(NOTE DIFFERENT DAY AND TIME)
This was our Rehearsal/Performance Class — led by David Levine
This session we dug in on “Art and Objecthood” — and began experimenting with what it feels like to try to “perform” sections of this essay. Though the plan had been to run the whole session as a kind of acting-practicum under David’s leadership, the reality was we spent a lot of time just trying to make sure we understood Fried’s argument — the line of the argument itself, as well as its “mood” and “motives.” As we paired off to work on communicating bits of the essay, the emphasis was on giving voice to specific sections, and to issues of articulation and pacing in the expression of the ideas. Just trying to memorize a sentence or two, and to say that to another person in a way that felt “felt” (that felt “inhabited”) gave us plenty to do and think about for the last hour of the class. It will be interesting to see these problems worked out in action at “The Best New Work” in two weeks…
PRE CLASS POSTS
LHP: Fried – Diderot – Street as Theater
Michael Fried’s “absorption” shall we say with the theater and theatricality is certainly apparent in “Art and Objecthood.” I recently read this article on some of his top/favorite books, the first, no shocker, by Diderot, Salons. Fried explains:
“Diderot is a great philosopher and arguably the best-ever art critic. My own work as an art historian has engaged closely with his, especially Salons (the art-critical texts) and his related writings on painting and the stage. In my early book, Absorption and Theatricality: Painting and Beholder in the Age of Diderot, I discovered something about Diderot previously not recognised: the importance he placed on the relation between the painting and the viewer. That issue was also central to the development of French painting in the mid-18th century – between Chardin and Greuze – and Manet and his generation over 100 years later. It’s a topic with resonance beyond the modern period. The basic idea is that painters inevitably construct a certain sort of relationship with the viewer. In the 1750s, Diderot put forward a set of claims as to how that relationship was supposed to work for a painting to be successful. I argue in my book that those claims and imperatives turned out to be foundational for modern painting and modern art generally.”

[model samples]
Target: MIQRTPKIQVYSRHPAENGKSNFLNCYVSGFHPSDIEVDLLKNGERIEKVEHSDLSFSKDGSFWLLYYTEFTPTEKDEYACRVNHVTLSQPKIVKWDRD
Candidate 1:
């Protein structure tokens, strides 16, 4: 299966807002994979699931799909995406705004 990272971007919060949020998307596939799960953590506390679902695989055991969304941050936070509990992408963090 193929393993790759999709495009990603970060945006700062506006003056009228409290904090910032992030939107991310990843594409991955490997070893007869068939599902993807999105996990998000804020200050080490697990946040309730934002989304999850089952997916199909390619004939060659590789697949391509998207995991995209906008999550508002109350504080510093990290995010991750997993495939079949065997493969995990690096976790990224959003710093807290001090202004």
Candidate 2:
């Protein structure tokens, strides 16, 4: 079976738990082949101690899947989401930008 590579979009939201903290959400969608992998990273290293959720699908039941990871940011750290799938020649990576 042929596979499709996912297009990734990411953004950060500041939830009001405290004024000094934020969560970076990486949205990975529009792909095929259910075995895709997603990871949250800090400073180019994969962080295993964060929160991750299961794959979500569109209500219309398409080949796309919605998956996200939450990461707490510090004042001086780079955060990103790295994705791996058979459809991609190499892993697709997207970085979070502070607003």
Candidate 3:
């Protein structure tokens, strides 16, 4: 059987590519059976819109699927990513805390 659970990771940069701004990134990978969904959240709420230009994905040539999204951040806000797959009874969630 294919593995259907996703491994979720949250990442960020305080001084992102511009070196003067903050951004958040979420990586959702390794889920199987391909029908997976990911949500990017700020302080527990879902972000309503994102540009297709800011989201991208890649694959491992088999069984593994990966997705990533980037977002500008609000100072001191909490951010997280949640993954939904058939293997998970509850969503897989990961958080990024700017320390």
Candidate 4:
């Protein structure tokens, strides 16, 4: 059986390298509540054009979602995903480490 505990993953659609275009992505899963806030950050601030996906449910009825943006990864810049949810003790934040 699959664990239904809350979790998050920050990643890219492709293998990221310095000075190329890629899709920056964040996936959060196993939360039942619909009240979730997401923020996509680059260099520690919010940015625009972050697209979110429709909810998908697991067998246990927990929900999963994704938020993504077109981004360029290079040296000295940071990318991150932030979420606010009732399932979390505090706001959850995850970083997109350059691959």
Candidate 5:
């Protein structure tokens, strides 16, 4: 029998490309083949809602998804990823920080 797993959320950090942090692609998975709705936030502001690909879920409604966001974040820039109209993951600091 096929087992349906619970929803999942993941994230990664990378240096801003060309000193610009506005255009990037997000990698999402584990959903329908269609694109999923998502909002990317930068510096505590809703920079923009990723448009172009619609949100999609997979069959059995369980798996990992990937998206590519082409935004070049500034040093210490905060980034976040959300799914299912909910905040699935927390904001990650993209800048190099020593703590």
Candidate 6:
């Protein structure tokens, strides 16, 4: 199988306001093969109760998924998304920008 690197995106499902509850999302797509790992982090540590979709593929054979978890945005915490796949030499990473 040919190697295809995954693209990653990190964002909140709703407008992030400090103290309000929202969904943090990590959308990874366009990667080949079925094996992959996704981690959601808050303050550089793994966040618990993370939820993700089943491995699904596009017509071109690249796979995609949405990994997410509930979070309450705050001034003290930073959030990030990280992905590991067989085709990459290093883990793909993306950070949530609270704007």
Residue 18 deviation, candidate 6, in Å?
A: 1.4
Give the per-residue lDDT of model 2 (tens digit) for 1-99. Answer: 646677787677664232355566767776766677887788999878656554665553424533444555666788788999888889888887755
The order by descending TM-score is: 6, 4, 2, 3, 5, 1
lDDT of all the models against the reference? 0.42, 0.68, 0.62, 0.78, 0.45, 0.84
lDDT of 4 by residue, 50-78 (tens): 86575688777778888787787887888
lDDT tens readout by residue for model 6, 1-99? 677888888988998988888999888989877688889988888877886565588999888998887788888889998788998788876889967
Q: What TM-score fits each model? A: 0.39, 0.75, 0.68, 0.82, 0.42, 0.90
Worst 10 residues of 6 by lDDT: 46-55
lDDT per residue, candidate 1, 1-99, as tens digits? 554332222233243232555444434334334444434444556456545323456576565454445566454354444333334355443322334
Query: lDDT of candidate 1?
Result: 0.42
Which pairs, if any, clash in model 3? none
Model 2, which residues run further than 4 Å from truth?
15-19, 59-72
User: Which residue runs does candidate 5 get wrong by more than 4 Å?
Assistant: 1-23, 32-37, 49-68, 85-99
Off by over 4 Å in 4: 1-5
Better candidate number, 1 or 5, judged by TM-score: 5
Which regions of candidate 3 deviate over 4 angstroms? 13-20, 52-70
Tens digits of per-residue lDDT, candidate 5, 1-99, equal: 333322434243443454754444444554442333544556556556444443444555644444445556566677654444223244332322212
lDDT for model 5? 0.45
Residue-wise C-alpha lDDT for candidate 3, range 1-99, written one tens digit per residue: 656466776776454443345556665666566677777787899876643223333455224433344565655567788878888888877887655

The relation between the work of art and viewer is a point of particular interest for Bridget Alsdorf (Princeton Art and Archeology professor, currently teaching a course on Manet and the enormous amount of literature his work has garnered, including dear Fried’s Manet’s Modernism: Or, The Face of Painting in the 1860s (1996), steeped in notions of theatricality) in her catalogue essay “Vallotton’s Theater of Death” (p. 20-25) in The Avant-Gardes of Fin-de-Siècle Paris. She focuses on prints by Swiss (active in Paris), Nabis artist Félix Vallotton that “explore death as a form of theater for idling crowds,” relating them to contemporary discourses on crowd psychology and mass behavior as well as spectatorship and “badauderie” or gawking.
Félix Vallotin, The suicide (Le Suicide), Woodcut, 1894.
This notion of moving through the street as if it were a theater (can we consider modes of interactive/immersive theater like Sleep No More?) may be seen in Vallotton’s prints, which position the viewer of the work as a spectator. I just took a look at an amazing publication Badauderies Parisiennes: Les rassemblements physiologies de la rue (1896) (cover pull-out image below) at Rare Books at Firestone in which Vallotton’s prints are centerstage.
From Alva Noë’s Strange Tools. Art and Human Nature about Fried’s Art and Objecthood (pp. 78-79, 241-242, 261-262)